Most adverbs are formed by adding -mente to the feminine singular form of the adjective. However, two common adverbs that do not end in -mente are despacio (slowly) and demasiado (too much). Adjective correcto fácil claro absoluto rápido Adverb correctamente fácilmente claramente absolutamente rápidamente correctly easily clearly absolutely rapidly

Lo + adverb + que expresses how, while lo más + adverb + an expression of possibility is translated: as ... as ... lo bien que how well lo más pronto posible as soon as possible

74. Passive Voice
In passive sentences, the subject receives the action of the verb. In active sentences, the subject does the action. However, the meaning of both sentences is the same. The passive voice in Spanish is formed with a tense of ser and a past participle. Ser should be in the same tense as the verb in its corresponding active sentence. The agent is expressed by por if the action is physical; and by de if mental. The past participle agrees in gender and number with the subject. If you use estar instead of ser, the past participle is called the predicate adjective and it is not a passive sentence. Active El viento destruye la casa. La casa fue destruida por el Passive viento. Cuando la vi, la casa estaba Predicate Adjective destruida. The wind destroys the house. The house was destroyed by the wind. When I saw it, the house was destroyed.

El niño fue castigado por su padre. The boy was punished by his father. Rosa es amada de todos. Rose is loved by everyone.

75. Uses of the Infinitive
The infinitive is translated as a gerund (the -ing form of the verb) after these words: el, al, a preposition, ver or oír. El correr es buen ejercicio. Running is good exercise.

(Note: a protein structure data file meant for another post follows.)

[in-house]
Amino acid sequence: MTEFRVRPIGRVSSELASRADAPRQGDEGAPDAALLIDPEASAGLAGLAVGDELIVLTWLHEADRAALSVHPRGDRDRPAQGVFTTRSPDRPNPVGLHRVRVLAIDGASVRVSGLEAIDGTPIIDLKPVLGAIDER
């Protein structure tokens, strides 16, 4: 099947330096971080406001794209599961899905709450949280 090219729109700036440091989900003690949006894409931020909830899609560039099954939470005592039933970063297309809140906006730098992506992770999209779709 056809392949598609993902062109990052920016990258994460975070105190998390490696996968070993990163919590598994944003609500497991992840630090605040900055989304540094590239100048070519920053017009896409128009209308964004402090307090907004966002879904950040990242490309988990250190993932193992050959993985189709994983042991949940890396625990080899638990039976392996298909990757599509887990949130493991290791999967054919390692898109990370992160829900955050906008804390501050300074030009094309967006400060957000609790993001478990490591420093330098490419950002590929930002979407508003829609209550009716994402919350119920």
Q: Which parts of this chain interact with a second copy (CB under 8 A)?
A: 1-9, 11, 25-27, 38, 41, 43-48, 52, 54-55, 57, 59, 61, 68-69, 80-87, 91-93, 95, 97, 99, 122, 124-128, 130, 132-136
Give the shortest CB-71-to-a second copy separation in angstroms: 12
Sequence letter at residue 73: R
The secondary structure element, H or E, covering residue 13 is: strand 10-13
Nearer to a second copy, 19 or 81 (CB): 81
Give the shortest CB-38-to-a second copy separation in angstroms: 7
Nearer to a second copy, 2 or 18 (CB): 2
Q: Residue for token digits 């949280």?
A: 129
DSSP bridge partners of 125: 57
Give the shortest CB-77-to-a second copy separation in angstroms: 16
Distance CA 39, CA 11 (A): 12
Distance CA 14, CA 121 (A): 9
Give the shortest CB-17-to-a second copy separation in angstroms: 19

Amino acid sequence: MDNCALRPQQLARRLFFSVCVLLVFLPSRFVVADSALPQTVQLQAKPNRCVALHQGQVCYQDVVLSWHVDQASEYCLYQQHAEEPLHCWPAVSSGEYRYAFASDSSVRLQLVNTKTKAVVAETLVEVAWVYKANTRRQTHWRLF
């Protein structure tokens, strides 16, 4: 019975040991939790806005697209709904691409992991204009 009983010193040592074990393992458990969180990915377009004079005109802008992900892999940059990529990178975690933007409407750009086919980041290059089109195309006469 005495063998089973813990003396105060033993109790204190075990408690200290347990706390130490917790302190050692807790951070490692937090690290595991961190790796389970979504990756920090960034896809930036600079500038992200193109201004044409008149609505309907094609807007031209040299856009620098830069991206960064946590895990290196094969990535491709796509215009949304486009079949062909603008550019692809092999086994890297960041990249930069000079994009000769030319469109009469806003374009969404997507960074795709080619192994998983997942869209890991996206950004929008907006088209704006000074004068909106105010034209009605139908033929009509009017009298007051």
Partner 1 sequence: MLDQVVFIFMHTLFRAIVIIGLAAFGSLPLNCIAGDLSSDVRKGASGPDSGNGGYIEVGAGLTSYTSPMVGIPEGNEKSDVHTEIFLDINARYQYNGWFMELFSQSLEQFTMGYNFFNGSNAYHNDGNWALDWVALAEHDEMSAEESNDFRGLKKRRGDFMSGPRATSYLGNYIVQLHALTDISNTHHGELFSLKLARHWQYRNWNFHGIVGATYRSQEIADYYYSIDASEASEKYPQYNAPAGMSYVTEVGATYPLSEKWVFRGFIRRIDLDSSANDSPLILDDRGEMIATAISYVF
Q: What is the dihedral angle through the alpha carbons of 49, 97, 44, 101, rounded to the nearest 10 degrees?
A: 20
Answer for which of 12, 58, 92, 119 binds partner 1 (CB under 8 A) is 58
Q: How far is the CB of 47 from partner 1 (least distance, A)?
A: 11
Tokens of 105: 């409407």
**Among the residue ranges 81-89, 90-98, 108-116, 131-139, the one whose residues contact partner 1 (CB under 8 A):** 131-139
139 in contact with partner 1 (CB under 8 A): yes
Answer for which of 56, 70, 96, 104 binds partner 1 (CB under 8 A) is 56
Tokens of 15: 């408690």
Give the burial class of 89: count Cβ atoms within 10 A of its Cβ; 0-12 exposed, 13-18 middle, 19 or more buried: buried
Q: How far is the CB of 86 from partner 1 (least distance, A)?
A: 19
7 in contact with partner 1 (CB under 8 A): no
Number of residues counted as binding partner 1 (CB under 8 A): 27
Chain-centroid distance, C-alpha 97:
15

Partió sin hablar. He left without speaking. Oigo cantar a Maria. I hear Maria singing.

76. Shopping department store shopping mall belt glasses gloves sunglasses el almacén el centro comercial el cinturón las gafas los guantes los lentes de sol shop/store (open-air) market (fixed) price sale to bargain to spend money la tienda el mercado (al aire libre) el precio (fijo) la rebaja regatear gastar

77. Post Office and Bank
post office envelope mailbox mail carrier stamps package el correo el banco el cheque (de el sobre (traveler's) check viajero) el buzón to cash (a check) cobrar el cartero to save (money) ahorrar las estampillas to deposit depositar el paquete account la cuenta bank

78. Conditional Tense
The conditional tense expresses an idea dependent on a condition that is either expressed or understood. It can also refer to the past when it expresses probability. To form the present conditional, add these endings to the infinitive for all three types of verbs. Verbs that had irregular stems in the future tense, also use that stem for the conditional tense. -ía -íamos -ías -íais -ía -ían

79. Infinitives followed by Prepositions

The following verbs require a, de, en or con when followed by another infinitive, although the preposition is not always translated into English. Verb + a + another infinitive acostumbrarse to become used to aprender to learn to atreverse to dare to ayudar to help comenzar to begin to convidar to invite to decidirse to decide to dedicarse to devote oneself to empezar to begin to enseñar to teach to invitar to invite ir to go to negarse to refuse to persuadir to persuade to principiar to begin to rehusar to refuse to resignarse to resign oneself to resistirse to resist resolverse to resolve to venir to come to volver to return to Verb + en + another infinitive consentir to consent to consistir to consist divertirse to amuse oneself empeñarse to insist on esforzarse to endeavor to insistir to insist on ocuparse to busy oneself pensar to think of persistir to persist in tardar to delay in Verb + de + another infinitive acabar to have just acordarse to remember alegrarse to be glad to aprovecharse to profit by arrepentirse to repent cansarse to tire of cesar to cease dejar to cease encargarse to take charge of gozar to take pleasure in jactarse to boast of olvidarse to forget to tratar to try to

Verb + con + another infinitive contar to count on contentarse to content oneself with soñar to dream of

80. Office / School Supplies
pencil eraser pen ink paper el lápiz la goma la pluma la tinta el papel dictionary tape (audio) map newspaper novel el diccionario la cinta el mapa el periódico la novela

letter la carta notebook el cuaderno book el libro

backpack stapler scissors

la mochila la grapadora unas tijeras